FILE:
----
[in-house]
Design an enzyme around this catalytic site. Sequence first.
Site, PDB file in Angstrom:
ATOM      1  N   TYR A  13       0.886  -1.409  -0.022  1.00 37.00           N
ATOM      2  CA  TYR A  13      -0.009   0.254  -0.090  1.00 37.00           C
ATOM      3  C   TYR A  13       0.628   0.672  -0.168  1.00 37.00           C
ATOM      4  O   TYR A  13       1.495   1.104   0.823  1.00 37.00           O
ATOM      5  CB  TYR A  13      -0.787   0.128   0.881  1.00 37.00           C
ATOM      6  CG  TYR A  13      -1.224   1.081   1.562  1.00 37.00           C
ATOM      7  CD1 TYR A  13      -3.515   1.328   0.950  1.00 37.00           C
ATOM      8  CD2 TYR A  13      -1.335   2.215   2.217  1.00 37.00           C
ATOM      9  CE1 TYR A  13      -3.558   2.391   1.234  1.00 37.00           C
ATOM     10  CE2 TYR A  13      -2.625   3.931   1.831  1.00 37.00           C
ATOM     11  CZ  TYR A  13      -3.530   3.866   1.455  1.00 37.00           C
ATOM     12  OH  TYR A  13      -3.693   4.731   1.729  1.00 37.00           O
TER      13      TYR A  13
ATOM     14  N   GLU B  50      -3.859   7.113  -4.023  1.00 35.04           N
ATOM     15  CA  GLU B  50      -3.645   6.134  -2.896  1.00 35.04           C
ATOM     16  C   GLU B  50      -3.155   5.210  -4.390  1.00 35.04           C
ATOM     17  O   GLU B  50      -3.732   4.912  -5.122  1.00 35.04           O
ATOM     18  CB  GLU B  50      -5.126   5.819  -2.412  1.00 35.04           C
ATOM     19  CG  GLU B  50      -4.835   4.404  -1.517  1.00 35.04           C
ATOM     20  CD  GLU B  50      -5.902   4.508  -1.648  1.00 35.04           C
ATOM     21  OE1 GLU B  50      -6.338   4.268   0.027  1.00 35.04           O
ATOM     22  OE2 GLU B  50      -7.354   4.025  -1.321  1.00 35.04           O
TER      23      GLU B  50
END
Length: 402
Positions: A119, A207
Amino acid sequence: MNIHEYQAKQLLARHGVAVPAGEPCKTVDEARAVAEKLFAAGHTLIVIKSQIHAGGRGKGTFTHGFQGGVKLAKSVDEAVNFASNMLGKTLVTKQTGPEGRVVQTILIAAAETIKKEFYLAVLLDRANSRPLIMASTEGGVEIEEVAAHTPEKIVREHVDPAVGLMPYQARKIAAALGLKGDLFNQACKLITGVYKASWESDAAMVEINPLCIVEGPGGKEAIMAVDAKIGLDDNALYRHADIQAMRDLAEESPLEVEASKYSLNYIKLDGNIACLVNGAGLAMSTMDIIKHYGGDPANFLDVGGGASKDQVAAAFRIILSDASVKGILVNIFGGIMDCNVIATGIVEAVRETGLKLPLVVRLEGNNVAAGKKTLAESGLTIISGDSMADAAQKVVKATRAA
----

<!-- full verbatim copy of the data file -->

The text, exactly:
[in-house]
Design an enzyme around this catalytic site. Sequence first.
Site, PDB file in Angstrom:
ATOM      1  N   TYR A  13       0.886  -1.409  -0.022  1.00 37.00           N
ATOM      2  CA  TYR A  13      -0.009   0.254  -0.090  1.00 37.00           C
ATOM      3  C   TYR A  13       0.628   0.672  -0.168  1.00 37.00           C
ATOM      4  O   TYR A  13       1.495   1.104   0.823  1.00 37.00           O
ATOM      5  CB  TYR A  13      -0.787   0.128   0.881  1.00 37.00           C
ATOM      6  CG  TYR A  13      -1.224   1.081   1.562  1.00 37.00           C
ATOM      7  CD1 TYR A  13      -3.515   1.328   0.950  1.00 37.00           C
ATOM      8  CD2 TYR A  13      -1.335   2.215   2.217  1.00 37.00           C
ATOM      9  CE1 TYR A  13      -3.558   2.391   1.234  1.00 37.00           C
ATOM     10  CE2 TYR A  13      -2.625   3.931   1.831  1.00 37.00           C
ATOM     11  CZ  TYR A  13      -3.530   3.866   1.455  1.00 37.00           C
ATOM     12  OH  TYR A  13      -3.693   4.731   1.729  1.00 37.00           O
TER      13      TYR A  13
ATOM     14  N   GLU B  50      -3.859   7.113  -4.023  1.00 35.04           N
ATOM     15  CA  GLU B  50      -3.645   6.134  -2.896  1.00 35.04           C
ATOM     16  C   GLU B  50      -3.155   5.210  -4.390  1.00 35.04           C
ATOM     17  O   GLU B  50      -3.732   4.912  -5.122  1.00 35.04           O
ATOM     18  CB  GLU B  50      -5.126   5.819  -2.412  1.00 35.04           C
ATOM     19  CG  GLU B  50      -4.835   4.404  -1.517  1.00 35.04           C
ATOM     20  CD  GLU B  50      -5.902   4.508  -1.648  1.00 35.04           C
ATOM     21  OE1 GLU B  50      -6.338   4.268   0.027  1.00 35.04           O
ATOM     22  OE2 GLU B  50      -7.354   4.025  -1.321  1.00 35.04           O
TER      23      GLU B  50
END
Length: 402
Positions: A119, A207
Amino acid sequence: MNIHEYQAKQLLARHGVAVPAGEPCKTVDEARAVAEKLFAAGHTLIVIKSQIHAGGRGKGTFTHGFQGGVKLAKSVDEAVNFASNMLGKTLVTKQTGPEGRVVQTILIAAAETIKKEFYLAVLLDRANSRPLIMASTEGGVEIEEVAAHTPEKIVREHVDPAVGLMPYQARKIAAALGLKGDLFNQACKLITGVYKASWESDAAMVEINPLCIVEGPGGKEAIMAVDAKIGLDDNALYRHADIQAMRDLAEESPLEVEASKYSLNYIKLDGNIACLVNGAGLAMSTMDIIKHYGGDPANFLDVGGGASKDQVAAAFRIILSDASVKGILVNIFGGIMDCNVIATGIVEAVRETGLKLPLVVRLEGNNVAAGKKTLAESGLTIISGDSMADAAQKVVKATRAA